Mollies are omnivorous freshwater fish that are kept by both novice and experienced aquarists. These attractive live-bearing fish are normally included in community aquariums and they will readily accept commercial flake food. Mollies will graze on algae in a tank and should be fed live foods to condition them for breeding. Aquarists can also offer vegetables and freeze-dried foods to their mollies.
Commercial Fish Foods
Mollies will accept both commercial flake and pellet food. These fish will readily eat mixed flakes, but vegetable flakes are a good option for mollies, which will also graze on algae wafers. A mixed flake food that has a spirulina base will be appreciated by mollies. Uneaten food will pollute the aquarium and these fish should only be offered the amount of flake food that they can comfortable eat within a five minute period.
Brine shrimp eggs are harvested from the Great Lakes in North America. These eggs are washed and dried and each batch is typically tested for hatchability. The brine shrimp nauplii that hatch are rich in omega acids and represent a highly nutritious food for mollies. Bloodworms and live daphnia will be eagerly accepted by mollies, as will white and grindal worms. Tubifex worms can also be fed to mollies. These worms are gathered in stagnant water bodies and must be well rinsed in running tap water before being offered to the mollies.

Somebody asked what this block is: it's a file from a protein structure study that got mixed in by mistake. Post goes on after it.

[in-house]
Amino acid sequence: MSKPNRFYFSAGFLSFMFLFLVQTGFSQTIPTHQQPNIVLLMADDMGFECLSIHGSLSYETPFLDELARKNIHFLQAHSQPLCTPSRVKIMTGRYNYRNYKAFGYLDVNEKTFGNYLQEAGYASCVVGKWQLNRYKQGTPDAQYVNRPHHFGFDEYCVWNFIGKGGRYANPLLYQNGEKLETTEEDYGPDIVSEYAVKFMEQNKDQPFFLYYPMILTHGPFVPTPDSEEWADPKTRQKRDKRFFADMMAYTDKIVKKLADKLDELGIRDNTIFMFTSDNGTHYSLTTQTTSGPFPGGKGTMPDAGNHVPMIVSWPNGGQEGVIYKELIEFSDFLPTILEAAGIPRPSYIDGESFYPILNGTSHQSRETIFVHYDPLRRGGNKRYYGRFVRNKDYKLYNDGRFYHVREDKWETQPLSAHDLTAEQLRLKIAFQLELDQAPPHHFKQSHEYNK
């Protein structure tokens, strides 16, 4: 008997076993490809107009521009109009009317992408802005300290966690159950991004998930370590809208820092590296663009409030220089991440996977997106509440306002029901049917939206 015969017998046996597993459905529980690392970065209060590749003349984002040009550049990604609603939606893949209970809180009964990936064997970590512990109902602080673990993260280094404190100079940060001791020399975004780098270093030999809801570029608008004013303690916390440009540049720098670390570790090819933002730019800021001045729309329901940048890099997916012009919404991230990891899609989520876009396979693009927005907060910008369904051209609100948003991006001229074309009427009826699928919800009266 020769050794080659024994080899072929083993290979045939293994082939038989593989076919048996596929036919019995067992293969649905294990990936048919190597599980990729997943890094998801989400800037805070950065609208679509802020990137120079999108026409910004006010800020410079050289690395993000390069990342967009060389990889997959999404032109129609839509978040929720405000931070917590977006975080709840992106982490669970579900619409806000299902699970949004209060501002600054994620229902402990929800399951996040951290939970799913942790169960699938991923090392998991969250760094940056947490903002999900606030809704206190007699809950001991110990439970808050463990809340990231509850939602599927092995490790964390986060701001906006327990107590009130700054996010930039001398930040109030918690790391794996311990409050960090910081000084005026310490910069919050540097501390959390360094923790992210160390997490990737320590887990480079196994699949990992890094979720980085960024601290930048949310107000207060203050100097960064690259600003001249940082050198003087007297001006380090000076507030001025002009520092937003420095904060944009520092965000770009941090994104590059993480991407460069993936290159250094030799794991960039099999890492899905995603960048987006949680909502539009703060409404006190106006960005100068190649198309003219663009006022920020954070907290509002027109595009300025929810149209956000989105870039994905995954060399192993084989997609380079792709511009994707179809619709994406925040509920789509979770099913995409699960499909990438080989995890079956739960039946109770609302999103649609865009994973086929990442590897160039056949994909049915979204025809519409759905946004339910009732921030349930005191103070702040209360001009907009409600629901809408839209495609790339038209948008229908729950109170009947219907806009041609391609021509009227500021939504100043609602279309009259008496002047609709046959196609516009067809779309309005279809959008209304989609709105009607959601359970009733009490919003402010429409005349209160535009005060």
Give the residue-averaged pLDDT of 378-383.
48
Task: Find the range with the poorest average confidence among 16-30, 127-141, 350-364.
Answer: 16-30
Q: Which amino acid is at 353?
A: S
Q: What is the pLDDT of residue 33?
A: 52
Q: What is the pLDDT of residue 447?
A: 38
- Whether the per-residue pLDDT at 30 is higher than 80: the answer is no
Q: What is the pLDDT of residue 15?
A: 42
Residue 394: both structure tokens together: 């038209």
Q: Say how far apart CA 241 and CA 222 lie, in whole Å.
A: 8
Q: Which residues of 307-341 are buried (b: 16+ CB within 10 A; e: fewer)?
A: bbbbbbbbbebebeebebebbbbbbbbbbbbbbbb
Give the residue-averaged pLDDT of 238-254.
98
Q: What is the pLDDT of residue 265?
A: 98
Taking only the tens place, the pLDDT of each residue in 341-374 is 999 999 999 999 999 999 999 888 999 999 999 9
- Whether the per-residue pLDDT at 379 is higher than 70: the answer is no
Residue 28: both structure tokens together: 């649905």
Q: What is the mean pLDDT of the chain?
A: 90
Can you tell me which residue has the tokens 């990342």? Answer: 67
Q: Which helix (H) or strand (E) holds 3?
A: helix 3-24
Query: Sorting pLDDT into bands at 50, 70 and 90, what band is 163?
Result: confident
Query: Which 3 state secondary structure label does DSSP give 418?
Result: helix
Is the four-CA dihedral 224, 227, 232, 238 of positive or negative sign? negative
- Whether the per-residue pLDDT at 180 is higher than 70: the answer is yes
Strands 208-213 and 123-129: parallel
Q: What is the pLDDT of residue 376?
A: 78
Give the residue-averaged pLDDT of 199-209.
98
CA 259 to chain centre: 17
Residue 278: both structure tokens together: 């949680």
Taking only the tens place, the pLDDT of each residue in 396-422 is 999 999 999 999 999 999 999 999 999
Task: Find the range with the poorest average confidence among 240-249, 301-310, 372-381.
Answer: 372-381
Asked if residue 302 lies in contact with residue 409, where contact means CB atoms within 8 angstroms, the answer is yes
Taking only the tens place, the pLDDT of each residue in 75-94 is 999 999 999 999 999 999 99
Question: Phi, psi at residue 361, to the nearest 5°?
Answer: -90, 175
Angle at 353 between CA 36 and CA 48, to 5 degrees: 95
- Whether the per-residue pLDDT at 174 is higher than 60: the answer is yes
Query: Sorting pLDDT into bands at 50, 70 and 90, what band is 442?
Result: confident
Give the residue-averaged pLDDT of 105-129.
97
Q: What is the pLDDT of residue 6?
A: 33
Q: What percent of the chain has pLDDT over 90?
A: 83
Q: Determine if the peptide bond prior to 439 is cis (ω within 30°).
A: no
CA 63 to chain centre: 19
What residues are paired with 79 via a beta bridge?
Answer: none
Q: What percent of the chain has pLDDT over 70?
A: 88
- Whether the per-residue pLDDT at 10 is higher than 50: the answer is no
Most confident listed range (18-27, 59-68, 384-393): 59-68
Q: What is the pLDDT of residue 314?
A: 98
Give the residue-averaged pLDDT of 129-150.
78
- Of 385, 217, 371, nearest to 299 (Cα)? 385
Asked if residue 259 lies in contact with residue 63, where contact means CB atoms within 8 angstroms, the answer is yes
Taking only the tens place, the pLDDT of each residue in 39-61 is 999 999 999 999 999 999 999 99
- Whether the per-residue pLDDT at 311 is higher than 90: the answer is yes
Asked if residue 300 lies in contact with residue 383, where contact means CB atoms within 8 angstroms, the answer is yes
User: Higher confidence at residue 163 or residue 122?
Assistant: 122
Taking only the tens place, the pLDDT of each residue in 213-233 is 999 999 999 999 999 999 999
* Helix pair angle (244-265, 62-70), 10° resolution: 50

Mollies tend to be more herbivorous than carnivorous and will readily eat algae and diatoms in an established aquarium. The jaws of these fish are designed for scraping away filamentous algae. Mollies also possess an extended digestive tract and digestive enzymes that break down plant material and a number of vegetables should be included in their diet. These fish prefer to graze throughout the day and blanched spinach, which is held in place by a plastic produce clip, can be fed two or three times per week. Mollies will also enjoy shelled, boiled peas and soft vegetables such as courgette.
Freeze-dried foods are readily available from an aquatic dealer. Bloodworms, tubifex worms and brine shrimp are all available in freeze-dried form. Freeze-dried foods should not replace live or vegetable foods, but can be offered once or twice a week, or at times when live foods are not available or when it is not convenient to offer vegetables. Freeze-dried foods tend to float and should therefore be placed in the current created from a power head or filter to spread them around the aquarium.